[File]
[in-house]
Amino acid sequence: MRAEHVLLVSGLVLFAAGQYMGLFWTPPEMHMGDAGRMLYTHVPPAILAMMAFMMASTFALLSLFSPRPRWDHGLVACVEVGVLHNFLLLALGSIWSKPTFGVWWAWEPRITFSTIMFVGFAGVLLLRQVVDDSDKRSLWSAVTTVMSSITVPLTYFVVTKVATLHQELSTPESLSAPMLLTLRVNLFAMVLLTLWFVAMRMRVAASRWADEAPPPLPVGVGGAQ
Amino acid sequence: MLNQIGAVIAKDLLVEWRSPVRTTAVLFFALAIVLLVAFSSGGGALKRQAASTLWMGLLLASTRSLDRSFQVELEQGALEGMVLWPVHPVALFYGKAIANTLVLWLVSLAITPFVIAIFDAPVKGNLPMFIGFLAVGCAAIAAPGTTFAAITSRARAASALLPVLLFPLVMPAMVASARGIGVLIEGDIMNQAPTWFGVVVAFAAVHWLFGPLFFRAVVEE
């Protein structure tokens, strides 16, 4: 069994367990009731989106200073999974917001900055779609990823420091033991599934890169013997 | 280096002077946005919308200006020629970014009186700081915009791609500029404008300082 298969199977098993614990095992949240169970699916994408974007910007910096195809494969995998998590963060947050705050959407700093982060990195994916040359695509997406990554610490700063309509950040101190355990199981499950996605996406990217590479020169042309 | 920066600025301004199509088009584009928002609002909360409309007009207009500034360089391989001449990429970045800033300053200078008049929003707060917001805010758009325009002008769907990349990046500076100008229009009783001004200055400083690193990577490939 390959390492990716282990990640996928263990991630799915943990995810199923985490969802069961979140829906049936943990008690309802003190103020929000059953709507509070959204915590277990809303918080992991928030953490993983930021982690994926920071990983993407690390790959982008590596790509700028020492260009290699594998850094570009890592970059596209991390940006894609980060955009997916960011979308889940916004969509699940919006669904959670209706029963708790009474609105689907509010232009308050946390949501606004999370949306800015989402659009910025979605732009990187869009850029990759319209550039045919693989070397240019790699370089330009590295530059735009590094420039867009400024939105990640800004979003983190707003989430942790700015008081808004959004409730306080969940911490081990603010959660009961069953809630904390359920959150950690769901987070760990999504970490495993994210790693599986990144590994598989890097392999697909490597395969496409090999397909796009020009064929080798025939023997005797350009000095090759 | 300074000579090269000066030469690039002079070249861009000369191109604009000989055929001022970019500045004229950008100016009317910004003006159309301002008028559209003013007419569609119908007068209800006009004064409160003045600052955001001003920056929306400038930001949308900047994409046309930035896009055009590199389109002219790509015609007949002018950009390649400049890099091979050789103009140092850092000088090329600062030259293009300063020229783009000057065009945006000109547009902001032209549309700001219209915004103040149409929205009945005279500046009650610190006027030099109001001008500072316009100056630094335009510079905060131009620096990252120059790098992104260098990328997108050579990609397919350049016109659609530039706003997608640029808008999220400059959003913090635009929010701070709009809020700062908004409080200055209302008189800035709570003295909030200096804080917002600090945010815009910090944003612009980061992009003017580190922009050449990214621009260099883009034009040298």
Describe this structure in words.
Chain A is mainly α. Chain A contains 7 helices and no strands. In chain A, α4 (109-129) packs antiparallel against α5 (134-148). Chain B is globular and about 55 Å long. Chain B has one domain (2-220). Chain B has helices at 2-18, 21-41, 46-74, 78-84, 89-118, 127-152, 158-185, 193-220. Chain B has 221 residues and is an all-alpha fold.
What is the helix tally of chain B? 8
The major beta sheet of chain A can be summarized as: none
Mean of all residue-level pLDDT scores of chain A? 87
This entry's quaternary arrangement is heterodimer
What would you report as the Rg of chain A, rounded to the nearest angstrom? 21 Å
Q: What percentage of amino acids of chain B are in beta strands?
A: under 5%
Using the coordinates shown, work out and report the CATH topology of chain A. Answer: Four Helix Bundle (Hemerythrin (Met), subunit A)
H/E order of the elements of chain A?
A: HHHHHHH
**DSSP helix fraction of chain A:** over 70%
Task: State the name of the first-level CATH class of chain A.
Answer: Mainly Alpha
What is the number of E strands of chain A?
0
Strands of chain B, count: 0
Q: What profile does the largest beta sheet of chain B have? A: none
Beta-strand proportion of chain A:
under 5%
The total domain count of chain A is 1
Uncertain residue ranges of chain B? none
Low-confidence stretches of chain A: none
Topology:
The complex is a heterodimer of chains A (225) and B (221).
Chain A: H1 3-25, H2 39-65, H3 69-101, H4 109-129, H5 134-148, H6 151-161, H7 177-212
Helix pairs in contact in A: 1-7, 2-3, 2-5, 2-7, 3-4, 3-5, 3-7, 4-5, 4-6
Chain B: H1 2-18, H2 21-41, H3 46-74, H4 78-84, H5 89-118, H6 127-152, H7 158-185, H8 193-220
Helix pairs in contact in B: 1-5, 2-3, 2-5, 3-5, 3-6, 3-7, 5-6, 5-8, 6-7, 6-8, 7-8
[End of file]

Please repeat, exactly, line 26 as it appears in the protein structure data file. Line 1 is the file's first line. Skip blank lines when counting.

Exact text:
The total domain count of chain A is 1